Job prospects Computer Programmer in Canada

People working as a computer programmer have different job prospects depending on where they work in Canada. Find out what the future holds for them in your province or territory. These prospects are applicable to all Computer programmers and interactive media developers (NOC 2174).

Note that the current 2019-2021 employment prospects were published in December 2019 based on information available at that time. We are working to update this information as soon as possible. In the meantime, visit the Canadian Online Job Posting Dashboard to find the latest data on the demand and work requirements for this occupation. You can also read our newly updated sectoral profiles to learn about recent developments for key economic sectors in your region.

Job opportunities over the next 3 years

Explore future job prospects by province and territory.

Location Job prospects
Newfoundland and Labrador Good Good
Prince Edward Island Good Good
Nova Scotia Good Good
New Brunswick Good Good
Quebec Good Good
Ontario Good Good
Manitoba Fair Fair
Saskatchewan Fair Fair
Alberta Fair Fair
British Columbia Good Good
Yukon Territory Undetermined Undetermined
Northwest Territories Undetermined Undetermined
Nunavut Undetermined Undetermined
Legend: The job opportunities can be: Undetermined Limited Fair Good

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Labour market conditions over the next 10 years

Take a closer look at the projected labour demand and supply for this occupation over the 2019-2028 period. For more information on future job trends, go to the Canadian Occupational Projections System.

Summary

SHORTAGE: This occupational group is expected to face labour shortage conditions over the period of 2019-2028 at the national level. The section below contains more detailed information regarding the outlook for this occupational group.

Employment in 2018

167,900

Median age of workers in 2018

39

Average retirement age in 2018

61.0

Detailed analysis

In order to determine the expected outlook of an occupation, the magnitude of the difference between the projected total numbers of new job seekers and job openings over the whole projection period (2019-2028) is analyzed in conjunction with an assessment of labour market conditions in recent years. The intention is to determine if recent labour market conditions (surplus, balance or shortage) are expected to persist or change over the period 2019-2028. For instance, if the analysis of key labour market indicators suggests that the number of job seekers was insufficient to fill the job openings (a shortage of workers) in an occupational group in recent years, the projections are used to assess if this situation will continue over the projection period or if the occupation will move towards balanced conditions.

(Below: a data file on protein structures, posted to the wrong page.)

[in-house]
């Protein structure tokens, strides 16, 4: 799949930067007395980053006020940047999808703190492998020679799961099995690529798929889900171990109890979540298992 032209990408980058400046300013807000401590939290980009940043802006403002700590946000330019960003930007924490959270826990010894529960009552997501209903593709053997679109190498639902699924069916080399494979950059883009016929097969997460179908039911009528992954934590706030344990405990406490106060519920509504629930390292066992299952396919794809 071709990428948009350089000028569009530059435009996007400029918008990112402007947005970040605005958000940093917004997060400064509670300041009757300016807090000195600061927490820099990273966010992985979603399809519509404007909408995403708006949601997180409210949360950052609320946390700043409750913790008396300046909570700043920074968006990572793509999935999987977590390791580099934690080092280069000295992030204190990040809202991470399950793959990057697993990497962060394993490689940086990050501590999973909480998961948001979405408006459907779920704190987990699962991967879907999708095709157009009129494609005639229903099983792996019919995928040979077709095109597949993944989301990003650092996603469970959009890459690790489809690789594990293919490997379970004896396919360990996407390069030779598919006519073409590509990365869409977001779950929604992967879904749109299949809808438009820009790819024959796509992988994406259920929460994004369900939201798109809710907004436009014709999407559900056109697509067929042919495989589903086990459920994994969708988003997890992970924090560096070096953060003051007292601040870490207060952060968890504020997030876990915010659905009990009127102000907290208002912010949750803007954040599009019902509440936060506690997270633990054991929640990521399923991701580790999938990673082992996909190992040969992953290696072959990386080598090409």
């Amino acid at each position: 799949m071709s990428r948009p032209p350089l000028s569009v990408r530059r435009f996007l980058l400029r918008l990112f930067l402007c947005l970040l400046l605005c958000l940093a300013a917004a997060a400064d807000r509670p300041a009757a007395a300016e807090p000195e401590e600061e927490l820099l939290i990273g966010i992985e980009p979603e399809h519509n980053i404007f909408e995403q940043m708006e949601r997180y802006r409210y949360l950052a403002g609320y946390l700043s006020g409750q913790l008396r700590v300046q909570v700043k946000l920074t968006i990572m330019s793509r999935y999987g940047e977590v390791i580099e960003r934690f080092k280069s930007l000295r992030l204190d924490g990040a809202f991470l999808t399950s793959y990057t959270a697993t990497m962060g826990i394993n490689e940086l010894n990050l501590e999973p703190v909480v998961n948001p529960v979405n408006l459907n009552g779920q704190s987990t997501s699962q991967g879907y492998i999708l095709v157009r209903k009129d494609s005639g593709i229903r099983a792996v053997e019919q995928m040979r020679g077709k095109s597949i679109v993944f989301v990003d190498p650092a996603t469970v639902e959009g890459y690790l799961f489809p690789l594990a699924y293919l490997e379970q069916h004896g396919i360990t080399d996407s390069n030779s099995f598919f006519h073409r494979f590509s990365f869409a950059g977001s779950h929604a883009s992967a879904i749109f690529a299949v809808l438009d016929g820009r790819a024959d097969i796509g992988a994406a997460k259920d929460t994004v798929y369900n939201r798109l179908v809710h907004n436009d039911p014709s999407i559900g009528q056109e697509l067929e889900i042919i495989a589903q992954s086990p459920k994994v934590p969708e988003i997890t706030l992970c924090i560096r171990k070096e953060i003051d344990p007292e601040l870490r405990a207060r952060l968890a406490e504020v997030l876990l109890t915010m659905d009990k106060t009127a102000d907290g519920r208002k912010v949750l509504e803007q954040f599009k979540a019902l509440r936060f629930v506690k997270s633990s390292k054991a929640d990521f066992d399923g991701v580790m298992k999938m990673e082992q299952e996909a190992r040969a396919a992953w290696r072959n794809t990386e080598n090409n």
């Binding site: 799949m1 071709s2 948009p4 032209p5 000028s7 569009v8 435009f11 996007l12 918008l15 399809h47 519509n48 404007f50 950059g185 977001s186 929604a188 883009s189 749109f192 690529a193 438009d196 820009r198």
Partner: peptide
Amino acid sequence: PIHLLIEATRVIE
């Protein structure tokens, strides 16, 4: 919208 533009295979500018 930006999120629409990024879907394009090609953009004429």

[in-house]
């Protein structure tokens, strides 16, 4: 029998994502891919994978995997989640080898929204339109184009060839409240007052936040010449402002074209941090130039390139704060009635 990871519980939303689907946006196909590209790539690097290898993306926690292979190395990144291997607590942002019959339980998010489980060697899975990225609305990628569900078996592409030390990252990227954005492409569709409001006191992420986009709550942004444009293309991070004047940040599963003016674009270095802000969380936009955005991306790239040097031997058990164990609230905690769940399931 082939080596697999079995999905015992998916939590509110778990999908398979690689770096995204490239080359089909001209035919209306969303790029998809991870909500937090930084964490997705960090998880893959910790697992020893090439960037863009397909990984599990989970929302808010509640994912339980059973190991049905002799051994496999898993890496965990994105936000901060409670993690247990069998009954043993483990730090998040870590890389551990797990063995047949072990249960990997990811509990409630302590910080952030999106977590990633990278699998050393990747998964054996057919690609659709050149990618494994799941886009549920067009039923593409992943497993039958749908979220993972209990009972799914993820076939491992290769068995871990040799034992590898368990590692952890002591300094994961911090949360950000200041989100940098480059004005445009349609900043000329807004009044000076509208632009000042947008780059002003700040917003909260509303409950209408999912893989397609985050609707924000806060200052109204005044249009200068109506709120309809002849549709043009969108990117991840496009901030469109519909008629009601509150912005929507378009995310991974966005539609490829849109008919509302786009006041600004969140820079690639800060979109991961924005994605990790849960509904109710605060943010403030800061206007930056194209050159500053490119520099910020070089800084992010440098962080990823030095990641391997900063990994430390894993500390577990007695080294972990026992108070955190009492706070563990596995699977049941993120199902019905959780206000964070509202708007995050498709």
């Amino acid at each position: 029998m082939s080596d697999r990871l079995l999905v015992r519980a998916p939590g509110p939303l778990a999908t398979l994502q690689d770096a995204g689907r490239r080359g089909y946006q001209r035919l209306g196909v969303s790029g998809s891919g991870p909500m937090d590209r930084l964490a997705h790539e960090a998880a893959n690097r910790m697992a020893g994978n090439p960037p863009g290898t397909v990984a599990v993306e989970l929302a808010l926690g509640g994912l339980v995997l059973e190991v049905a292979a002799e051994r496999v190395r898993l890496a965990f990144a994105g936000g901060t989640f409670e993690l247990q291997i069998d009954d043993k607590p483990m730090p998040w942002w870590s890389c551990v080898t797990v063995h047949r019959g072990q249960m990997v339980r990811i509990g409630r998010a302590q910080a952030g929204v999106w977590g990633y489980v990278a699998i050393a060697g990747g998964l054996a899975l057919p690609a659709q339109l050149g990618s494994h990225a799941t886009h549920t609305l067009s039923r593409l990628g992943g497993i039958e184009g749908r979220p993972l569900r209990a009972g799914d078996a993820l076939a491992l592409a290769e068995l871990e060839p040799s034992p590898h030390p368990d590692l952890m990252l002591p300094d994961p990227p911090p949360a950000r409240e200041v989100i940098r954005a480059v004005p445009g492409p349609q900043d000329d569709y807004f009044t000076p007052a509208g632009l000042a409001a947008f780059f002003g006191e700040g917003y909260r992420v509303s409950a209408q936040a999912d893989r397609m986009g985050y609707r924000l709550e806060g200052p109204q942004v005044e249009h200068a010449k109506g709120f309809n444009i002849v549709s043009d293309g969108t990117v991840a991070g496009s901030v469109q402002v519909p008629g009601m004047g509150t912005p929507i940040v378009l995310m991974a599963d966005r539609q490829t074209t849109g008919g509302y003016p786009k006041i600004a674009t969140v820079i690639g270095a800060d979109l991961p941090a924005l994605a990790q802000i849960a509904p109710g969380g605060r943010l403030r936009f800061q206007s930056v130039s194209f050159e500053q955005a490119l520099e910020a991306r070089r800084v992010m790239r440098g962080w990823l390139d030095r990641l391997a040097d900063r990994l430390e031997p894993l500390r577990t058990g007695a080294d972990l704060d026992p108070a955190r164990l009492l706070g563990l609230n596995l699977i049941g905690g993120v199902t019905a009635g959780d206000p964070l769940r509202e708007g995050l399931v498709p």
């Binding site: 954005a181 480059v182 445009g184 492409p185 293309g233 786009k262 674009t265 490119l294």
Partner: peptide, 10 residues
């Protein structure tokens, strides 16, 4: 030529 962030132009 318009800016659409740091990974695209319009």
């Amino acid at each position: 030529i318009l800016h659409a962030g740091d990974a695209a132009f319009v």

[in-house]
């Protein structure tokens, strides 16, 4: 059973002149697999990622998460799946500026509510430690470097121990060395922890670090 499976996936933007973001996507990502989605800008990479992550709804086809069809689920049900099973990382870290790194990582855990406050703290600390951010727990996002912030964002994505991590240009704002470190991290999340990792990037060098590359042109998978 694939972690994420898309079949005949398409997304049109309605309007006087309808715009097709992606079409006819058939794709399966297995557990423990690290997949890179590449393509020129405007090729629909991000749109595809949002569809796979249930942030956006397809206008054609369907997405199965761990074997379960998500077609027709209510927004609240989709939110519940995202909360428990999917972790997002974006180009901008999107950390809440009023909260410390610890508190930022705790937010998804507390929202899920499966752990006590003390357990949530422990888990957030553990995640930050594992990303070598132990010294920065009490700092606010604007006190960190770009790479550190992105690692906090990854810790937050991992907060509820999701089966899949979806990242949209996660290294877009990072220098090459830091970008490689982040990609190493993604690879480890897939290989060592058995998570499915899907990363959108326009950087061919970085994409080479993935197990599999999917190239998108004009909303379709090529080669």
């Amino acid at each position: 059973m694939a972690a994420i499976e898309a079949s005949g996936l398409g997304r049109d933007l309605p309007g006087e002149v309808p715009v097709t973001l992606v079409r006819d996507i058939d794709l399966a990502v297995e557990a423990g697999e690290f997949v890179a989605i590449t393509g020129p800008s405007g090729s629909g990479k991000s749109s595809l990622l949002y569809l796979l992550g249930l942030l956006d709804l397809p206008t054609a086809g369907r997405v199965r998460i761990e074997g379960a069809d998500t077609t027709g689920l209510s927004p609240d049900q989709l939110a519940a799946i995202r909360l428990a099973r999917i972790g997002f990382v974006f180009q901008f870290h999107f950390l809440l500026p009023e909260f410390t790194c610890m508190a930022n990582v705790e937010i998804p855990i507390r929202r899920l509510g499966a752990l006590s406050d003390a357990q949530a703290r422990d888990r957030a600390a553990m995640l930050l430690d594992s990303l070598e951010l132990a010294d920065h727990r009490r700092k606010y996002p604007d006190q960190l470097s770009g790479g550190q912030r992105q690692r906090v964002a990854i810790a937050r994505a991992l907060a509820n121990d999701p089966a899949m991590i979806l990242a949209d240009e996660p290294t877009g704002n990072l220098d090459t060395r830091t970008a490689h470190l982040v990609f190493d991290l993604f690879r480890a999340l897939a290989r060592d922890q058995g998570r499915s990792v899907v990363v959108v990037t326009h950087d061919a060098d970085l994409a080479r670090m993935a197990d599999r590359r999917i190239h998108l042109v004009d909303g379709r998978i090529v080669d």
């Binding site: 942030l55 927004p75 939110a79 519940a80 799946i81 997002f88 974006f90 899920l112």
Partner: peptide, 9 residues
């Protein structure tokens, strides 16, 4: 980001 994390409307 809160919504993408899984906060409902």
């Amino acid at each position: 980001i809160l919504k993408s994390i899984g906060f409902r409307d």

Over the 2016-2018 period, employment in this occupational group increased at a pace that was higher than the average of all occupations. The unemployment rate increased slightly, but remained around its own historical low norms and well below the national average in 2018. Finally, as the number of job vacancies increased significantly and the number of unemployed workers remained somewhat stable, the number of unemployed workers per job vacancy was substantially below the national average over the same period. Hence, the analysis of key labour market indicators suggests that the number of job openings exceeded substantially the number of job seekers in this occupational group over the 2016-2018 period.